Agia Anna Beach

Agia Anna Beach, a very quiet bay on the Cyclade island Naxos, in Greece.

Perceived in the sea in Agia Anna.

Language tools

On the following links you will find some highly qualified websites on English Grammar, including parsing sentences:

UCL-English Grammar
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Irene Droppert
Dutch - Modern Greek
Vlaardingen-The Netherlands

In MG the noun has three endings for genders, viz masculine, feminine and neuter. In order to determine the gender of a substantive we may look at the ending of a Greek word, for example:

  • when a word ends on «-ος», «-ας»- or «-ης» it is probably masculine.
  • ending on «-η» and «-α » it is probably feminine.
  • ending on «-ο», «-ι» or «-μα» it is probably neuter.

Fortunately, the substantives in Greek, almost always are accompanied by an article. The article tells us the gender of the substantive. The presence or absence of an article will change the sense of the sentence. The absence of an article is related to the property of the substantive.

The Modern Greek articles are characterized as either definite or indefinite. The definite article points out some specific person or thing, in contrast to the indefinite article which is used for non-specific components. Both have various forms, according to grammatical attributes such as gender, number and case.

The article has three cases, as well as the noun and the adjective. Since the third case has been disappeared virtually, except for some old expressions, the second and the third case together represent the genetive in the New Greek language. The first case represents the subject, i.e. the person performing the operation, and the nominal part of the predicate. The second case represents the possessive pronoun and the indirect object. With the fourth case, the direct object and the determiners are designated.

An article is a modifier that precedes a noun, to indicate the type of reference being made by the noun.

Masculine Feminine Neuter
ο η το

The definite article has a singular and plural form

Singular - ενικός αριθμός
Cases Masculine Feminine Neuter
1st case ο η το
2nd case του της του
4th case το(ν) τη(ν) το
Plural - πληθυντικός αριθμός
Cases Masculine Feminine Neuter
1st case οι οι τα
2nd case των των των
4th case τους τις τα
  • The last «ν» in «το(ν)», «τη(ν)» and «ένα(ν)» (indef.article)
    - in the 4the case masc. and fem.
  • The «ν» is always used before vowels and mostly before the following consonants and clusters: «κ, ξ, π, τ, ψ,μπ, ντ, γκ, τζ en τσ».e.g.: την αγάπη - the lover, τον άγγελο - the angel, την γκρίνια - the nagger, έναν καφέ - a coffee, την τσάντα - the bag, etc.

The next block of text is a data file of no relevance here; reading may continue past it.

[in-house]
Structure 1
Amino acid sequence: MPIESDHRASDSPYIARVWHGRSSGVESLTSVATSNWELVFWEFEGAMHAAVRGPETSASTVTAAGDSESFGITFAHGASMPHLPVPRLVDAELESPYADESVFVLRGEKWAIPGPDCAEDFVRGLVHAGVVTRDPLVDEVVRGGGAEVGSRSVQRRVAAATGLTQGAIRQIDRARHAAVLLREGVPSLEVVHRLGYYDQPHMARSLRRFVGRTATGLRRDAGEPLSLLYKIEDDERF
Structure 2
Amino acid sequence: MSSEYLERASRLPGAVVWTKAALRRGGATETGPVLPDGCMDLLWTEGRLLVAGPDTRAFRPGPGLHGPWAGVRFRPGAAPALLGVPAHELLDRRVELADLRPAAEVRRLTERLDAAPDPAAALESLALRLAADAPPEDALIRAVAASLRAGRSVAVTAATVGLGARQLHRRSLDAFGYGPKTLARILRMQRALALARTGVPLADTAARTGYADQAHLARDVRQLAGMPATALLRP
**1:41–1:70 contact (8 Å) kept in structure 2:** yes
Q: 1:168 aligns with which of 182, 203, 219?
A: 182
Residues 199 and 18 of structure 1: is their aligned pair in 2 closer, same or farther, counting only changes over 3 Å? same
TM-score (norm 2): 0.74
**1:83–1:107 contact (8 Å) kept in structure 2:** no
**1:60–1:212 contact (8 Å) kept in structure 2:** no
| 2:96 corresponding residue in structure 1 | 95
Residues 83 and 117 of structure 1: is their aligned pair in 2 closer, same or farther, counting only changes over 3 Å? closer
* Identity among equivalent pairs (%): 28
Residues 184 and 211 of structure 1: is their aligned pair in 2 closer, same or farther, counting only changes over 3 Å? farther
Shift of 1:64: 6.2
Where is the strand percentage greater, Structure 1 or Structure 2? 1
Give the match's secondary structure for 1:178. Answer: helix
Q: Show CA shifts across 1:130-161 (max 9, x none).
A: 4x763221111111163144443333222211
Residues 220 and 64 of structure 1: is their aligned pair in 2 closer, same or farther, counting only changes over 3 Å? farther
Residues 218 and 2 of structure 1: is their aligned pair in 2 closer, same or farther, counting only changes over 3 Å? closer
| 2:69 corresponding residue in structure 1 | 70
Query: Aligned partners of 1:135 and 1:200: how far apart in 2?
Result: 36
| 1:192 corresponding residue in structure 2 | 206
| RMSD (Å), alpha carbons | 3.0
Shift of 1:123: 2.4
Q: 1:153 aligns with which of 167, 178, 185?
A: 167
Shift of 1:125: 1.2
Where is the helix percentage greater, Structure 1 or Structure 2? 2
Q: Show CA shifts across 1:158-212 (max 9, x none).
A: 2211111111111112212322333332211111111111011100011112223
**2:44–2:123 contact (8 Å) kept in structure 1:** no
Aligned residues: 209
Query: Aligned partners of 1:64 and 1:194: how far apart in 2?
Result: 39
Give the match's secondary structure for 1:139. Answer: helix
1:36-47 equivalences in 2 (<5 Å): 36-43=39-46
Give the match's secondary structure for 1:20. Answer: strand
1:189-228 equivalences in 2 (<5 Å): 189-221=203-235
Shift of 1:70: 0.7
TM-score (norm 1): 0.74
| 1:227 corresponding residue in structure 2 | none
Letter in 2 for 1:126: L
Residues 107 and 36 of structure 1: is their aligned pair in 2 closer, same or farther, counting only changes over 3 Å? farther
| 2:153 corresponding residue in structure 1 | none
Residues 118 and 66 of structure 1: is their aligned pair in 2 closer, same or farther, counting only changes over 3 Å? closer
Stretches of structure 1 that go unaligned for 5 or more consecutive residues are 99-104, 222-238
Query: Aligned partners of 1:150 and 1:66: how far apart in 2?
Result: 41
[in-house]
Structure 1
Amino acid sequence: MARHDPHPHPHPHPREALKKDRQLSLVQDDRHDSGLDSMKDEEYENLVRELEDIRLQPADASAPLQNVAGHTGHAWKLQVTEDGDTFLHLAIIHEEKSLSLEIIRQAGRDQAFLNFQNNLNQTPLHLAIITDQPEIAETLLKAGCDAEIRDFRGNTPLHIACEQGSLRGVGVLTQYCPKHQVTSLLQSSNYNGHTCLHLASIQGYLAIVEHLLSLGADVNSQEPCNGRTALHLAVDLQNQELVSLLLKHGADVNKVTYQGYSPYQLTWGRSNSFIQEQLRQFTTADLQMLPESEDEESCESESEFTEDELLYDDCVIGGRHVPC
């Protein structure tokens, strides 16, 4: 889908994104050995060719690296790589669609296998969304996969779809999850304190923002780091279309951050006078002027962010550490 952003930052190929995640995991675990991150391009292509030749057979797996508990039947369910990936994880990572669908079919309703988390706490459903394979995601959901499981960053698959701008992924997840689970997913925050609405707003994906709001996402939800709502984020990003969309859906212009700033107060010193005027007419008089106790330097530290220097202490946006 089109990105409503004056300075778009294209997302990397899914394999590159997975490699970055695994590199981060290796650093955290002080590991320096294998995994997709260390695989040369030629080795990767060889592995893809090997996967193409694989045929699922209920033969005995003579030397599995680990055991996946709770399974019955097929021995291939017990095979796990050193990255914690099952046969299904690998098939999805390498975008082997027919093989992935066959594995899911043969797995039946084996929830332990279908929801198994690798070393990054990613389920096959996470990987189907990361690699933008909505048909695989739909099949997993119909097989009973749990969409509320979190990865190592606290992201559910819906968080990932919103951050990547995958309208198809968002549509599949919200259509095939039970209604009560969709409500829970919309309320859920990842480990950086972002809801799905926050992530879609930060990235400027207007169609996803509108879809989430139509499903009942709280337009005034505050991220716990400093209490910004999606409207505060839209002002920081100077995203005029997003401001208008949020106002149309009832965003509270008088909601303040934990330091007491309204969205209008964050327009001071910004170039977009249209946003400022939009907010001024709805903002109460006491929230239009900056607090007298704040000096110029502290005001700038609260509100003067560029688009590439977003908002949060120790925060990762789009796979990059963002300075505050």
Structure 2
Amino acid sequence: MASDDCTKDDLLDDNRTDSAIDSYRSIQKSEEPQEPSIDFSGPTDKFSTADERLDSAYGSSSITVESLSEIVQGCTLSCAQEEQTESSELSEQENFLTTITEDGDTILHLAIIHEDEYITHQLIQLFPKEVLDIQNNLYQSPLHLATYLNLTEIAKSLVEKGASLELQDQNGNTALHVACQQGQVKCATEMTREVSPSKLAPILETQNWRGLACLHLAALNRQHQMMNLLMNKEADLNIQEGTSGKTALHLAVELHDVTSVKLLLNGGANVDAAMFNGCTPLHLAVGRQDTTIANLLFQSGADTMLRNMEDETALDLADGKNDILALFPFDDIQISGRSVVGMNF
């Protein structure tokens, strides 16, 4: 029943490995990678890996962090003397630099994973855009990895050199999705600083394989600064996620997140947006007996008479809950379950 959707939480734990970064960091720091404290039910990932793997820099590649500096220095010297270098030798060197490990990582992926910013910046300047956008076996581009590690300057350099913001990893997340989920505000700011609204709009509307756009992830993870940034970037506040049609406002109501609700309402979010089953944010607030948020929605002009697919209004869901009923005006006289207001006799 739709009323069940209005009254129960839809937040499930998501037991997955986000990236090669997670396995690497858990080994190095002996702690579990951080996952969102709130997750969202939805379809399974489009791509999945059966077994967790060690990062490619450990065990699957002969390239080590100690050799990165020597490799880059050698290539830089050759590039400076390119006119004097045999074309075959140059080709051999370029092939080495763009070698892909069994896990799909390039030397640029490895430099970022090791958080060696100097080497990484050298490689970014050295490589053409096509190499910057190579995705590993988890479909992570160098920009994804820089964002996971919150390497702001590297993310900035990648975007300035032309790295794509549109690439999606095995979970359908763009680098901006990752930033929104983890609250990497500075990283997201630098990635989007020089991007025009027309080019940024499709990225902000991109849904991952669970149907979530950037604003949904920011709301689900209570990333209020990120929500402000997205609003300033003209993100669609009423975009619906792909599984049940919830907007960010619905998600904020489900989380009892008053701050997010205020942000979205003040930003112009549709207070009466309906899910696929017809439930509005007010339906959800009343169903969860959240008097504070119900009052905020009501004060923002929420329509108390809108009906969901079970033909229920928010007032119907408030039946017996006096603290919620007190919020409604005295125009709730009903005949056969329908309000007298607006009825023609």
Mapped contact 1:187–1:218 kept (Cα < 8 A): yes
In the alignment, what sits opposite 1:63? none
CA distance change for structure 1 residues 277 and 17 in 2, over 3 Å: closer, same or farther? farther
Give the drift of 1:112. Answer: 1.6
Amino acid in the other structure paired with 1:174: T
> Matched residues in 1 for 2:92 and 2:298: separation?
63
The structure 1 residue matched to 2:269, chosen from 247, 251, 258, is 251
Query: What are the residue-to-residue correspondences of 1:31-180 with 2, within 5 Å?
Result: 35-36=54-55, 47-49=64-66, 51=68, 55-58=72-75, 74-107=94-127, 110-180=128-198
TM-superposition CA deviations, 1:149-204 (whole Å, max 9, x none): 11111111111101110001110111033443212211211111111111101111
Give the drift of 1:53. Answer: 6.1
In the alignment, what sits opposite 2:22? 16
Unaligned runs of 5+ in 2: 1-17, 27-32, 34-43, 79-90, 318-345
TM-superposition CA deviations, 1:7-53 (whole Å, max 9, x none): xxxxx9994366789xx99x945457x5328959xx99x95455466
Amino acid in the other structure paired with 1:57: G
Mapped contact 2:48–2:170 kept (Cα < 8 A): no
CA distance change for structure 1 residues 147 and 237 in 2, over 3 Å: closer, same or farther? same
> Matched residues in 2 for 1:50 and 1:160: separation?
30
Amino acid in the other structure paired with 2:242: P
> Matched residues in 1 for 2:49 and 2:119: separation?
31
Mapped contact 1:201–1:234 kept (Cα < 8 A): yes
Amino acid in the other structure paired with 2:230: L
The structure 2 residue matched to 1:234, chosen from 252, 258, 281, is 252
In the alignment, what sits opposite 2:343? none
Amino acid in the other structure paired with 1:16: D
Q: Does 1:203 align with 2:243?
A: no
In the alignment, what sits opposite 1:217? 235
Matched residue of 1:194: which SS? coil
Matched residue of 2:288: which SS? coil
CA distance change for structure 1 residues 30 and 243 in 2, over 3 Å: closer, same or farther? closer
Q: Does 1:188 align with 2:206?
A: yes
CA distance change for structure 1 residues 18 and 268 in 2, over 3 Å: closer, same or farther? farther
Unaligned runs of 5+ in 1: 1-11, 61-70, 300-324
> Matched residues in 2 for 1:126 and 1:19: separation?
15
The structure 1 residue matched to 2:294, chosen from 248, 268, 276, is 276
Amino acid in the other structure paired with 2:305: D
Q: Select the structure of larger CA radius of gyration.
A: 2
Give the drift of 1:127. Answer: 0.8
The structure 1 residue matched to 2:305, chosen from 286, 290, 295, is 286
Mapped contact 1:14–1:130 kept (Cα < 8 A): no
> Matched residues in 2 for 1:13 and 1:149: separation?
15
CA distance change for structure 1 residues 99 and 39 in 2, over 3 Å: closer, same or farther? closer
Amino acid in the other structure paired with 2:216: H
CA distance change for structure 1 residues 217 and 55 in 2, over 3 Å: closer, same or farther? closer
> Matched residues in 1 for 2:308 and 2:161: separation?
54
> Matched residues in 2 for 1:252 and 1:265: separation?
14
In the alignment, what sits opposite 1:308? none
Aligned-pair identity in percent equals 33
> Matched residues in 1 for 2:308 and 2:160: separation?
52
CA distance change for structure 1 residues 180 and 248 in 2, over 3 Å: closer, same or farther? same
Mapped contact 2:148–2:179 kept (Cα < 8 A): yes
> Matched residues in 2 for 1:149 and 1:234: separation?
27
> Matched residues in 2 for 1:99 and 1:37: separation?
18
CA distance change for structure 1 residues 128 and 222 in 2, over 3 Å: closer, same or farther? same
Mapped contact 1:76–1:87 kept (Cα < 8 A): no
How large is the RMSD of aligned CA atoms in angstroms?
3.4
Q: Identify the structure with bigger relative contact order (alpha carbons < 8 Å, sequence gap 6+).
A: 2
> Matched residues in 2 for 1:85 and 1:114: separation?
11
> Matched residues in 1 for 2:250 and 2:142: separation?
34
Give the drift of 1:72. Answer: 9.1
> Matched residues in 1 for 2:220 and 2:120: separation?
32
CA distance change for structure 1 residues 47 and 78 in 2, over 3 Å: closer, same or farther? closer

• it may be omitted before: «β, γ, δ, ζ, θ, μ, ν, λ, ρ, σ, χ en φ», e.g.: το(ν) δήμο - community, τη(ν) βελόνα - needle, το(ν) νησί - island, τη(ν) μέρα - day, etc.
  • However you will often still hear the last «ν» in conversations, despite the above explanation.

In some situations, particularly in the 1st and 4th case neuter, singular and plural, the final vowel of the article or the initial vowel of the next word can be omitted on an optional basis:

When a word begins with «α» or «ο»

  • το αχνάρι changes in τ'αχνάρι - The footprint
  • το όνομα changes in τ'όνομα - the name

When a word begins with «ε» or «ει»

  • το έλεος changes in το'λεος - the compassion
  • το εισόδημα changes in το'σόδημα' - the harvest

When a word behind the neuter article plural «τα» begins with an «α»

  • τα αυτοκίνητα changes in τ'αυτοκίνητα - the cars
  • τα άκρα changes in τ'άκρα - hands and feet

More about this article you'll find on: the definite article

When a situation is described as at, in or on a location, as well as describing a movement of to, into or on to a location the preposition «σε» is shortened to «σ'» and conjoined with the definite article as «στον», «στην», «στα» etc. look here

for the indefinite article in singular a is used. It harmonizes in all genders in form with the number one, but not in meaning.

Singular - ενικός αριθμός
Cases Masculine Feminine Neuter
1stcase ένας μια, μία ένα
2nd case ενός μιας, μίας ενός
4th case ένα(ν) μια(ν), μία(ν) ένα
  • The indefinite article is used when we describe a person or object with no specific identification.
  • The indefinite article is in singular.
  • Occasionally the stressed «μία» is used for the feminine singular form instead of «μια». These two form only differ in pronunciation, not in meaning. Two examples in which it is used:
  • μια κατάσταση - one situation
  • μόνο μία κατάσταση - only one situation

More about this article you'll find on the indefinite article